After suffering its worst session in more than 11 years at the beginning of the week, the Dow Jones Index in New York bounced back significantly, rising five percent. Photo: AFP / TIMOTHY A. CLARY

Wall Street stocks suffered another brutal rout Wednesday, pushing the Dow into a "bear market," or 20 percent from its peak, after the latest series of event cancelations and company warnings rattled investors.

The pandemic claimed one of its highest profile casualties as Hollywood star Tom Hanks, 63, said he and his wife Rita Wilson had both tested positive after coming down with fever in Australia.

"To play things right, as is needed in the world right now, we were tested for the coronavirus, and were found to be positive," he said in a statement posted to social media.

Italian Prime Minister suspends major sports events
Italian Prime Minister Giuseppe Conte announces that the country's top-flight football league, along with all sporting events in the country, will be suspended until April 3 as Italy grapples with the coronavirus crisis. Duration:00:44 Photo: AFPTV / Arman SOLDIN

The majority of cases have been in China, where the outbreak emerged in December, but as the number of new infections has steadied, hotspots have emerged elsewhere -- namely Italy, Iran and Spain.

"We have never before seen a pandemic sparked by a coronavirus," WHO chief Tedros Adhanom Ghebreyesus said, adding that its new designation would not change the organization's response to the outbreak.

"We're deeply concerned both by the alarming levels of spread and severity and by the alarming levels of inaction."

Meanwhile, millions of people in Italy are grappling with a nationwide clampdown, with Prime Minister Giuseppe Conte announcing Italy would shut all stores except for pharmacies and food shops to curb the disease.

Factories and other big businesses can remain open as long as they adopt "appropriate security measures to prevent contagion," Conte said.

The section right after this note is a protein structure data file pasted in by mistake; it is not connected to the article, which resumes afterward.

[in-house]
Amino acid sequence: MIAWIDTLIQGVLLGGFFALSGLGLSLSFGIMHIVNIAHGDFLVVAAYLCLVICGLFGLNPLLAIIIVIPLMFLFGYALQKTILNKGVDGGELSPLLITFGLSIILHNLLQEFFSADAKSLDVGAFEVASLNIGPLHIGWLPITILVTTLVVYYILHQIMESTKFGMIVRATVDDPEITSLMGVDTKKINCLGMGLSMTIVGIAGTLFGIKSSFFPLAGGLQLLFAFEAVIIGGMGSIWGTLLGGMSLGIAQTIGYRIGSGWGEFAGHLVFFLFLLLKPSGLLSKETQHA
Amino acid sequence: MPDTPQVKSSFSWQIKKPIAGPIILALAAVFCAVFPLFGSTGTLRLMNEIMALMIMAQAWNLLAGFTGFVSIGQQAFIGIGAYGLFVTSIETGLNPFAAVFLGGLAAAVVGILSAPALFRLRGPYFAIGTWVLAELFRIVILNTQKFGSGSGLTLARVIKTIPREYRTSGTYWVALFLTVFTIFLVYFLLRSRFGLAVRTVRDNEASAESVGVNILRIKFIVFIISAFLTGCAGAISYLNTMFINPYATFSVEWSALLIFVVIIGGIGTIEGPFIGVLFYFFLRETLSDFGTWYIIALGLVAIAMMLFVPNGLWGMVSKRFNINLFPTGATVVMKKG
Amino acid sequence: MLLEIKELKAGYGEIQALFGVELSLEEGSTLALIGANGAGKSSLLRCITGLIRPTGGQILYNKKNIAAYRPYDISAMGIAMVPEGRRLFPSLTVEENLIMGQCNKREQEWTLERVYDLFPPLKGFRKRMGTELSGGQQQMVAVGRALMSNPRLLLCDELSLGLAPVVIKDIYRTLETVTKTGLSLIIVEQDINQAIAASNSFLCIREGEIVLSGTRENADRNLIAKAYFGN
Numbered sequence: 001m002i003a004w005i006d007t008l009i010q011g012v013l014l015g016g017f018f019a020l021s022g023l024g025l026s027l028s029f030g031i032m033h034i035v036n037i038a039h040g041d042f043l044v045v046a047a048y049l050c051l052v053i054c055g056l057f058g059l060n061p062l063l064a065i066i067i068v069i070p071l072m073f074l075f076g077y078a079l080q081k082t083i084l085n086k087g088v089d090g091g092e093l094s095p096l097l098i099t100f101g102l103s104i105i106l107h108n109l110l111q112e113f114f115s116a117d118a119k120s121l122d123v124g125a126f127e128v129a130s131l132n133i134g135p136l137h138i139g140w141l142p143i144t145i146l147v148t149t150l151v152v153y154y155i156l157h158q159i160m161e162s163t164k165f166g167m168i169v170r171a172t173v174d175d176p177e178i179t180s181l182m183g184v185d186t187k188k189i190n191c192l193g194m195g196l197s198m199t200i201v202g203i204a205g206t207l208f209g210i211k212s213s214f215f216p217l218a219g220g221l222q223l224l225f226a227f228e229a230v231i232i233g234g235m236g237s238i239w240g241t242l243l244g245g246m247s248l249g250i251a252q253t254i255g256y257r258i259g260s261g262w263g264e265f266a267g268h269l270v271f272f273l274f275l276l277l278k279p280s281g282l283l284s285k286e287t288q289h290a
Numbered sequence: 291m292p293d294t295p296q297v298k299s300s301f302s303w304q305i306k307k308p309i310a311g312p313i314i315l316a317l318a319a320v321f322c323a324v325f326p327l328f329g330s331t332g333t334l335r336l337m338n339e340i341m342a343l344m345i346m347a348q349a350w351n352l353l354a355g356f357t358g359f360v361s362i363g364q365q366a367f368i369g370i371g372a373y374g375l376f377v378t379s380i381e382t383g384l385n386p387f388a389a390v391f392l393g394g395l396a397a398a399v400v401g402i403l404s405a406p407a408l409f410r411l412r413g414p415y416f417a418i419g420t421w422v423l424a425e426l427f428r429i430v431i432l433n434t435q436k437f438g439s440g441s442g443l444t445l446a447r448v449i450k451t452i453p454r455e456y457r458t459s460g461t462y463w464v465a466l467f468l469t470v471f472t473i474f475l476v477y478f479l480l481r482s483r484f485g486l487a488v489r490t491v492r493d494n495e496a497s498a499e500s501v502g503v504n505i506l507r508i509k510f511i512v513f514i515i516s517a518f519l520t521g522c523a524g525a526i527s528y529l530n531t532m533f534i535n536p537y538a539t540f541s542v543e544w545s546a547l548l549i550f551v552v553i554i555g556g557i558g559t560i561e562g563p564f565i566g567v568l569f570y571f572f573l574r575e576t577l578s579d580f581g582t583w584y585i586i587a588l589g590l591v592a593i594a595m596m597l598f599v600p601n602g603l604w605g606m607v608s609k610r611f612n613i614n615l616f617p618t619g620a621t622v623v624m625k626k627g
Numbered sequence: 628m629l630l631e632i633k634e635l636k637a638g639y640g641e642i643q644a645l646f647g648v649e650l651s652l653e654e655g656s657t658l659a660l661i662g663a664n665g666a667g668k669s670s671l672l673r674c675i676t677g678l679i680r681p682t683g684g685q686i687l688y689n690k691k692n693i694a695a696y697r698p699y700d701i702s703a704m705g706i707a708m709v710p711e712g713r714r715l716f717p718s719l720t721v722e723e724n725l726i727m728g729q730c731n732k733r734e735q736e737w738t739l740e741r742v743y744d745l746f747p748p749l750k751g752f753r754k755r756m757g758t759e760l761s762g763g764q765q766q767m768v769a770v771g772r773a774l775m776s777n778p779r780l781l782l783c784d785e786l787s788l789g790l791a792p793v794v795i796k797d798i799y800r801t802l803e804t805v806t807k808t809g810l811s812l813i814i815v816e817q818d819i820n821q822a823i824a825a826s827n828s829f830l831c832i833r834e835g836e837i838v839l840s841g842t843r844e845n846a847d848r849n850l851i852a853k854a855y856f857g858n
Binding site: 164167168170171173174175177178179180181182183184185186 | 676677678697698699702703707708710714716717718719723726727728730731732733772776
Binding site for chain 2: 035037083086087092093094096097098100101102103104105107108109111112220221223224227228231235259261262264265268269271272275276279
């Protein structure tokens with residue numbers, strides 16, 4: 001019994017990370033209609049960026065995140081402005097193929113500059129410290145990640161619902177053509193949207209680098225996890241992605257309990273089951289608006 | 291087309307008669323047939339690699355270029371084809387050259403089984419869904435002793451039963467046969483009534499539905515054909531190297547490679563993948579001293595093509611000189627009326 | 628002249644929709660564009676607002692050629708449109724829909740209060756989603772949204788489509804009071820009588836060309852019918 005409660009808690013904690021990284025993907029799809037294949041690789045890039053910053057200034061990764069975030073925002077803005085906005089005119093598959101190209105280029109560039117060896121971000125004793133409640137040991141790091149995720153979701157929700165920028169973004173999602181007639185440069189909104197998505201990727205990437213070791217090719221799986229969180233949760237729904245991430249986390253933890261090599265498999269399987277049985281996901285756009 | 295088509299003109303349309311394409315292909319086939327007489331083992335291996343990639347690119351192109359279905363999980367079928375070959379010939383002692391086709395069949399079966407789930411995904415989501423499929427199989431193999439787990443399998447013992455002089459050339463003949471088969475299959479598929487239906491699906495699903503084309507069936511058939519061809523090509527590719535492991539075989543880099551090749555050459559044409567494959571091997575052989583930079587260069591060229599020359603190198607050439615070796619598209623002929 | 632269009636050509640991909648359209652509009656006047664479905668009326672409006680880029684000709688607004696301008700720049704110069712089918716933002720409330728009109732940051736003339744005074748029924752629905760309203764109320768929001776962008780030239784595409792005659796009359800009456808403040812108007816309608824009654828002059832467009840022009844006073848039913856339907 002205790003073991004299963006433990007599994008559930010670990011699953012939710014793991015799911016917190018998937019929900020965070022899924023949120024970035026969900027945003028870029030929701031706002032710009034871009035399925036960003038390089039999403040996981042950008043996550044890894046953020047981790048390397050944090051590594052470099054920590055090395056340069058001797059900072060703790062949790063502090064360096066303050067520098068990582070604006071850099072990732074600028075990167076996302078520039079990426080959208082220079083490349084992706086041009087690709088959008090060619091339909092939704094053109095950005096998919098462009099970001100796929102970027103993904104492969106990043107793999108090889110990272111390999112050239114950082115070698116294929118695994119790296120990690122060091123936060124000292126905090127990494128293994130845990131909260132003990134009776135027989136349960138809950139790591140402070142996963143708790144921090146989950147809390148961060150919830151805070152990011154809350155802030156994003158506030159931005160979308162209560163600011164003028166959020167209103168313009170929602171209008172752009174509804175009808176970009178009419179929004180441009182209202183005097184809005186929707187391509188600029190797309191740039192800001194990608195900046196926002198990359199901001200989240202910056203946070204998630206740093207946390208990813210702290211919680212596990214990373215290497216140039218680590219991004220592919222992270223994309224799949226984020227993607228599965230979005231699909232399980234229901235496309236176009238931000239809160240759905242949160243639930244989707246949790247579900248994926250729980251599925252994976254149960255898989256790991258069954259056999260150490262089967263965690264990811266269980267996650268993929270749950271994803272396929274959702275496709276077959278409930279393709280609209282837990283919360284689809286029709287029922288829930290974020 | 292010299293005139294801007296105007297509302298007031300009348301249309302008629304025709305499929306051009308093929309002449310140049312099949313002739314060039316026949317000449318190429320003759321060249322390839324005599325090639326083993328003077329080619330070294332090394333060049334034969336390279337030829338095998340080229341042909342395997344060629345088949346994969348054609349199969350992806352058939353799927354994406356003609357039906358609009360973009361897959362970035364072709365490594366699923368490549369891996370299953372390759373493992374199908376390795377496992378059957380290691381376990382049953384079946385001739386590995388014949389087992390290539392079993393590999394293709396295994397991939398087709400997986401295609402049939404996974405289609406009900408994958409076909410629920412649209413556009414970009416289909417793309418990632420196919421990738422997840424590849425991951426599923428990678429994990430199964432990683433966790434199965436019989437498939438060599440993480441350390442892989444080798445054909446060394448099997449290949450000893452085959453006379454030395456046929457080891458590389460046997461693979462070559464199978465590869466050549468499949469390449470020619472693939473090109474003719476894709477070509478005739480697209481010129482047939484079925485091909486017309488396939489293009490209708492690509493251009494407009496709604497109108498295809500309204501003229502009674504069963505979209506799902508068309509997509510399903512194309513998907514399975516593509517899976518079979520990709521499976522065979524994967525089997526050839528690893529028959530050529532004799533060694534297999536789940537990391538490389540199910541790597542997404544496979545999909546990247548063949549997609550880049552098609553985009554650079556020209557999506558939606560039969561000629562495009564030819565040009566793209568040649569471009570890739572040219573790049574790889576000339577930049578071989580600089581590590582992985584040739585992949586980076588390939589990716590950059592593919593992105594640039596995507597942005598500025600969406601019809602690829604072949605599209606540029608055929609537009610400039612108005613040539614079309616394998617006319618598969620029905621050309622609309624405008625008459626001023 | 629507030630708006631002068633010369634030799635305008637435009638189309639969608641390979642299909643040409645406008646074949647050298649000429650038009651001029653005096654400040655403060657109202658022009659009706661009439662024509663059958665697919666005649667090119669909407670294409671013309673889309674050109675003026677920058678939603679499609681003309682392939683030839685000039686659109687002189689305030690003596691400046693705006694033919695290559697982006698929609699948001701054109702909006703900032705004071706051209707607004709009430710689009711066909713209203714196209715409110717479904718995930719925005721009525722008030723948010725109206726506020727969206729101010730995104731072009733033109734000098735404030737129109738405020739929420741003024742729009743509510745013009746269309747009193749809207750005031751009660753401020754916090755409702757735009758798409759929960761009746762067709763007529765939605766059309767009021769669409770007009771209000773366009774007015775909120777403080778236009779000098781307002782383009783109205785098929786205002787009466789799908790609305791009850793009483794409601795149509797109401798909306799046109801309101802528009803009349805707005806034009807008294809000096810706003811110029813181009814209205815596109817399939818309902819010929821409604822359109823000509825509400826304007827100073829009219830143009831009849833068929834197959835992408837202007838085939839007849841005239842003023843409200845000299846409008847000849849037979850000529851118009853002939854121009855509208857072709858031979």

His government vowed to spend up to 25 billion euros ($28 billion) to help contain fallout from the pandemic, including cash for hard-hit hotels and restaurants.

Even places with no significant outbreaks like Poland and Ukraine announced school closures and other restrictive measures. Austria said it would shut museums and halt train services to and from Italy.

In the Middle East, hard-hit Iran reported 63 new deaths, its highest single-day toll, which brought total fatalities to 354. It has yet to impose quarantines but has closed schools, universities and hotels and called on people not to travel.

WHO's Tedros said the country, which has 9,000 cases, was "doing its best" to control the spread of the virus, but that it needed more supplies to cope.

Elsewhere in the region, Kuwait said it was suspending all commercial flights in and out of the country, after it and other Gulf nations had already adopted travel restrictions.

Offering a sliver of hope to the rest of the world, China again announced negligible new daily infections and only a relatively small number of deaths.

Some businesses in China's Hubei province -- where the virus was first detected in December -- were told they could restart work, reducing fears of a prolonged disruption of supply chains.

But China remains the worst-affected country with more than 80,000 confirmed cases and over 3,000 deaths.

Although Panama confirmed its first death Tuesday, Latin America -- along with Africa and Oceania -- has so far reported only small numbers of cases.

England's top-flight football league saw its first cancellation, with Wednesday's match between Arsenal and Manchester City postponed, while E3 -- the world's premier video game trade show, due to be held in June in Los Angeles -- was called off.

In the US, the NBA said it was suspending play starting on Thursday after a Utah Jazz player preliminarily tested positive.